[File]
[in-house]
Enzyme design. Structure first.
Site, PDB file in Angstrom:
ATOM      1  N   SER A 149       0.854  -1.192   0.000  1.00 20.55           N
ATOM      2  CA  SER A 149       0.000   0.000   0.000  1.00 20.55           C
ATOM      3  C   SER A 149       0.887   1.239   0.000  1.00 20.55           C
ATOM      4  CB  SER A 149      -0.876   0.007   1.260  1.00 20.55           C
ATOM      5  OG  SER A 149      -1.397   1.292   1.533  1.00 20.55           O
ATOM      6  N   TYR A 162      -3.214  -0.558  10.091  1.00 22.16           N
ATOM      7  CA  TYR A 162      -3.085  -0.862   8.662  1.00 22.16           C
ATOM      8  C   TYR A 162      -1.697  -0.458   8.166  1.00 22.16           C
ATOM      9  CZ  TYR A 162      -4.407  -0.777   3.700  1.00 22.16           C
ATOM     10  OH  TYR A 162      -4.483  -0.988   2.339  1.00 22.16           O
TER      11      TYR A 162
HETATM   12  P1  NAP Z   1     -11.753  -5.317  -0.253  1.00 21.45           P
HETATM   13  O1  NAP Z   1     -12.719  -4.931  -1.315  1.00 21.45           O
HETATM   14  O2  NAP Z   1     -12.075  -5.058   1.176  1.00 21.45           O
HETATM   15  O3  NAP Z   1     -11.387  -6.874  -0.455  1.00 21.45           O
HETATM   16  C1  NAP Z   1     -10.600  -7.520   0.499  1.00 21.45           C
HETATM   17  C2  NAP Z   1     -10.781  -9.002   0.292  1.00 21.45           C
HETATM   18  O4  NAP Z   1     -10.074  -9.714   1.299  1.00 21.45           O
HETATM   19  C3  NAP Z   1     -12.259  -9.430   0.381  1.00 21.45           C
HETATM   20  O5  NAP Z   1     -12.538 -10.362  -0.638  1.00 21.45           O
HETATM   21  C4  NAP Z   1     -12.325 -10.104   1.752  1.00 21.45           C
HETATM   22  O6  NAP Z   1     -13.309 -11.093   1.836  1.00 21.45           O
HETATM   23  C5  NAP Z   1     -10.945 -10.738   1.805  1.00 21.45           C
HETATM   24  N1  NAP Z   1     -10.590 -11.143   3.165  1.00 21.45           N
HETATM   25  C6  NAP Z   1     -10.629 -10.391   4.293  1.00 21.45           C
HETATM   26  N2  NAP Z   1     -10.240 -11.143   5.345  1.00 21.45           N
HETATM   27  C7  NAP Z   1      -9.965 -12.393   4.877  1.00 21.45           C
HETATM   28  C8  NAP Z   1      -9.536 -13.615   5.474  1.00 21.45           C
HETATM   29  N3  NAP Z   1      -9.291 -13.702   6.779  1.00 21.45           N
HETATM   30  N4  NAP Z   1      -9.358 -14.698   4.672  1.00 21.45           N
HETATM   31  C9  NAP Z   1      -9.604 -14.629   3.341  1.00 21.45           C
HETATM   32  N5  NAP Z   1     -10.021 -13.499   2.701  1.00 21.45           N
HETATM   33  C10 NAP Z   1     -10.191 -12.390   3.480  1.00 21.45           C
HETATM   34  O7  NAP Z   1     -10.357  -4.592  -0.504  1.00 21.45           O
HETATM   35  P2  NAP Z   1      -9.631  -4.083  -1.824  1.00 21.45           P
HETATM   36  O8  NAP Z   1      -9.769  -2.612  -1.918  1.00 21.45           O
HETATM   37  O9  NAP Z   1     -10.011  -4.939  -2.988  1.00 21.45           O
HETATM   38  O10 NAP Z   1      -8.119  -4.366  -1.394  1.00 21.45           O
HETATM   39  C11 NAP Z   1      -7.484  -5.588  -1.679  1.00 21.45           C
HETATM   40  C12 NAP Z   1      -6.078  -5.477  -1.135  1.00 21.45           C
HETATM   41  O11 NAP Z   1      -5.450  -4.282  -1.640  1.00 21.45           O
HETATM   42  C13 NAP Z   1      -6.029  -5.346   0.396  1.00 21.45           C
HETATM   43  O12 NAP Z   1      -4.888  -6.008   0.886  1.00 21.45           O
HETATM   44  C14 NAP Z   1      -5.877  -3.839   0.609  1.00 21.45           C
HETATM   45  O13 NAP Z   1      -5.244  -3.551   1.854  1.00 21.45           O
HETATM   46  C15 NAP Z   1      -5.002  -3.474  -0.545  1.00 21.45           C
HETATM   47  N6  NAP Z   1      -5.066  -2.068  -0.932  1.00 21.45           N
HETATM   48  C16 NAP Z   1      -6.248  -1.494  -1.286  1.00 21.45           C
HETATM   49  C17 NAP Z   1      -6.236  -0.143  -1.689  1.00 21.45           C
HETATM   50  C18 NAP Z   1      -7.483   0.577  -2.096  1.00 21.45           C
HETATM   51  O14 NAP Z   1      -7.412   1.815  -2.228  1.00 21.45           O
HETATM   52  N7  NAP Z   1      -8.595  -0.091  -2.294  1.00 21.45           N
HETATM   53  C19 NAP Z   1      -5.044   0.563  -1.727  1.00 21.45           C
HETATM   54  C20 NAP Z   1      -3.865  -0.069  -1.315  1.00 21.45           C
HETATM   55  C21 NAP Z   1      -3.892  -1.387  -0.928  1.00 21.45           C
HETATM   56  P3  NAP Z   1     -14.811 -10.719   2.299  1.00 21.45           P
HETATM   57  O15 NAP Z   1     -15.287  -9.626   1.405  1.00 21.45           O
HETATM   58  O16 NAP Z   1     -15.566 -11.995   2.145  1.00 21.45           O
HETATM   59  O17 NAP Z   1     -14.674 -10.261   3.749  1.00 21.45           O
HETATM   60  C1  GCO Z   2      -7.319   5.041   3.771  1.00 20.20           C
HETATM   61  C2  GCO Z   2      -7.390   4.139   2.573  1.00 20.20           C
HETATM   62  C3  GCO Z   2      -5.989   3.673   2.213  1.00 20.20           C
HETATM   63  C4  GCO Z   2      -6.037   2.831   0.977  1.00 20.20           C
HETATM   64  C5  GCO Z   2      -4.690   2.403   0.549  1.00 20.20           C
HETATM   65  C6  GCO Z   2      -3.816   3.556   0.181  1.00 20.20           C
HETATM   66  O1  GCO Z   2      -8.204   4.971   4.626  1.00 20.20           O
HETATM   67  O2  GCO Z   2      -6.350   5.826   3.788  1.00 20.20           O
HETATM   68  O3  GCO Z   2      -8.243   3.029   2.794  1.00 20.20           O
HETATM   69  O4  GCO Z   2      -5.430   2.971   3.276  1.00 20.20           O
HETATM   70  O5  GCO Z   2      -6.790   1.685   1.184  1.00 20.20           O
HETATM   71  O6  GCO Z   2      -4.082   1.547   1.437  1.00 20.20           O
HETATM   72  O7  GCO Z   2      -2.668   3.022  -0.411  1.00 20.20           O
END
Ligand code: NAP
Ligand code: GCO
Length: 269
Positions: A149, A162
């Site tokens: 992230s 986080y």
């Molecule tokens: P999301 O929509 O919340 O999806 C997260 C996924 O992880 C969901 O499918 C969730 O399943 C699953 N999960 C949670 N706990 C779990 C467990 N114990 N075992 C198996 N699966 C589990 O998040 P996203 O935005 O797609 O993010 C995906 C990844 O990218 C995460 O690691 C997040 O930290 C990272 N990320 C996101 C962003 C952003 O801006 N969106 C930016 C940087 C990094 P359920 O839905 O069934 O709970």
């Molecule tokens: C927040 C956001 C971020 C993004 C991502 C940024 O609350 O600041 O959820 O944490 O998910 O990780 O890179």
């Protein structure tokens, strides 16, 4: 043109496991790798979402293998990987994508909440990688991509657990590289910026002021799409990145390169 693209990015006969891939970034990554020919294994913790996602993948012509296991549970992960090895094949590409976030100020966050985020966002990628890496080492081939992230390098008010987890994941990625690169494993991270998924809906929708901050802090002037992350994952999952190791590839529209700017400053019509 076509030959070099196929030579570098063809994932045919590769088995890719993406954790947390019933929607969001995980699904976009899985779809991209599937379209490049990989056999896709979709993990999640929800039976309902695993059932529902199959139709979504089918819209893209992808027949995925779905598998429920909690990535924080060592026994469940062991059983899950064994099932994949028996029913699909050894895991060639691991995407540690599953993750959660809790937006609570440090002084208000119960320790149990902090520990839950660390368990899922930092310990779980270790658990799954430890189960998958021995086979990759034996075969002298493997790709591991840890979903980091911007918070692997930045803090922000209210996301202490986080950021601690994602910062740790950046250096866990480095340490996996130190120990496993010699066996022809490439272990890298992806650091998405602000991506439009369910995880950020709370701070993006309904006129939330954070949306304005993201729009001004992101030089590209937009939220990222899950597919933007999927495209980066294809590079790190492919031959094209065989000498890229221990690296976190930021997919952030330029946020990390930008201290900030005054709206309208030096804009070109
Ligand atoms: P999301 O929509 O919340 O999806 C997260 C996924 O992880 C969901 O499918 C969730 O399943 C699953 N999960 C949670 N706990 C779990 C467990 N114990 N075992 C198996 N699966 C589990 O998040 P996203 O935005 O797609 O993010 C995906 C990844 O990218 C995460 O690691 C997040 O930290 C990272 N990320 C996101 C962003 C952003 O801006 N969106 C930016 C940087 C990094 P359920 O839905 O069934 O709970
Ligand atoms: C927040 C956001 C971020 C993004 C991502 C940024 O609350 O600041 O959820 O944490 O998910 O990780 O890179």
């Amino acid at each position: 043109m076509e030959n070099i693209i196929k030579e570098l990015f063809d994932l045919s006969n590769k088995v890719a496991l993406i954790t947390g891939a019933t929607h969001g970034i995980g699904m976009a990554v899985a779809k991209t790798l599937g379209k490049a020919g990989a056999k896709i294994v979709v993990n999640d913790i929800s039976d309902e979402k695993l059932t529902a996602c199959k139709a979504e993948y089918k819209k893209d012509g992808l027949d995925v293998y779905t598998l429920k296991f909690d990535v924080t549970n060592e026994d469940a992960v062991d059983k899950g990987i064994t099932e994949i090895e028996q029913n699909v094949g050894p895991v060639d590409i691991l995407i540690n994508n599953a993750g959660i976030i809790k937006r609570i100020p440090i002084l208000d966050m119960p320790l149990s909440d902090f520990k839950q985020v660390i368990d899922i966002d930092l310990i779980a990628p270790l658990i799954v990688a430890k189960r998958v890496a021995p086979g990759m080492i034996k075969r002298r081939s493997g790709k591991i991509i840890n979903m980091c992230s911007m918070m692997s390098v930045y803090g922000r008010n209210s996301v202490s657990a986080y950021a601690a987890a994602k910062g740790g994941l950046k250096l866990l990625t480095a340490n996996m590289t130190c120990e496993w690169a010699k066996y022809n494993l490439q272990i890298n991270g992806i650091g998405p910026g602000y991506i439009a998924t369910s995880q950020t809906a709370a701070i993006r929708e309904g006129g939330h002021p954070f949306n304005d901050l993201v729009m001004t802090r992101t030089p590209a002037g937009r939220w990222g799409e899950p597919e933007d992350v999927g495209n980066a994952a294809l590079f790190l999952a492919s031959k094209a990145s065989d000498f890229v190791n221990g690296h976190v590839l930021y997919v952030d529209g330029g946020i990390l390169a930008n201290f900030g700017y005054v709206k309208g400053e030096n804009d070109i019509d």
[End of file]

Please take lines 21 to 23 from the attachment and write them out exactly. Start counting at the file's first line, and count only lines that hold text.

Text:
HETATM   18  O4  NAP Z   1     -10.074  -9.714   1.299  1.00 21.45           O
HETATM   19  C3  NAP Z   1     -12.259  -9.430   0.381  1.00 21.45           C
HETATM   20  O5  NAP Z   1     -12.538 -10.362  -0.638  1.00 21.45           O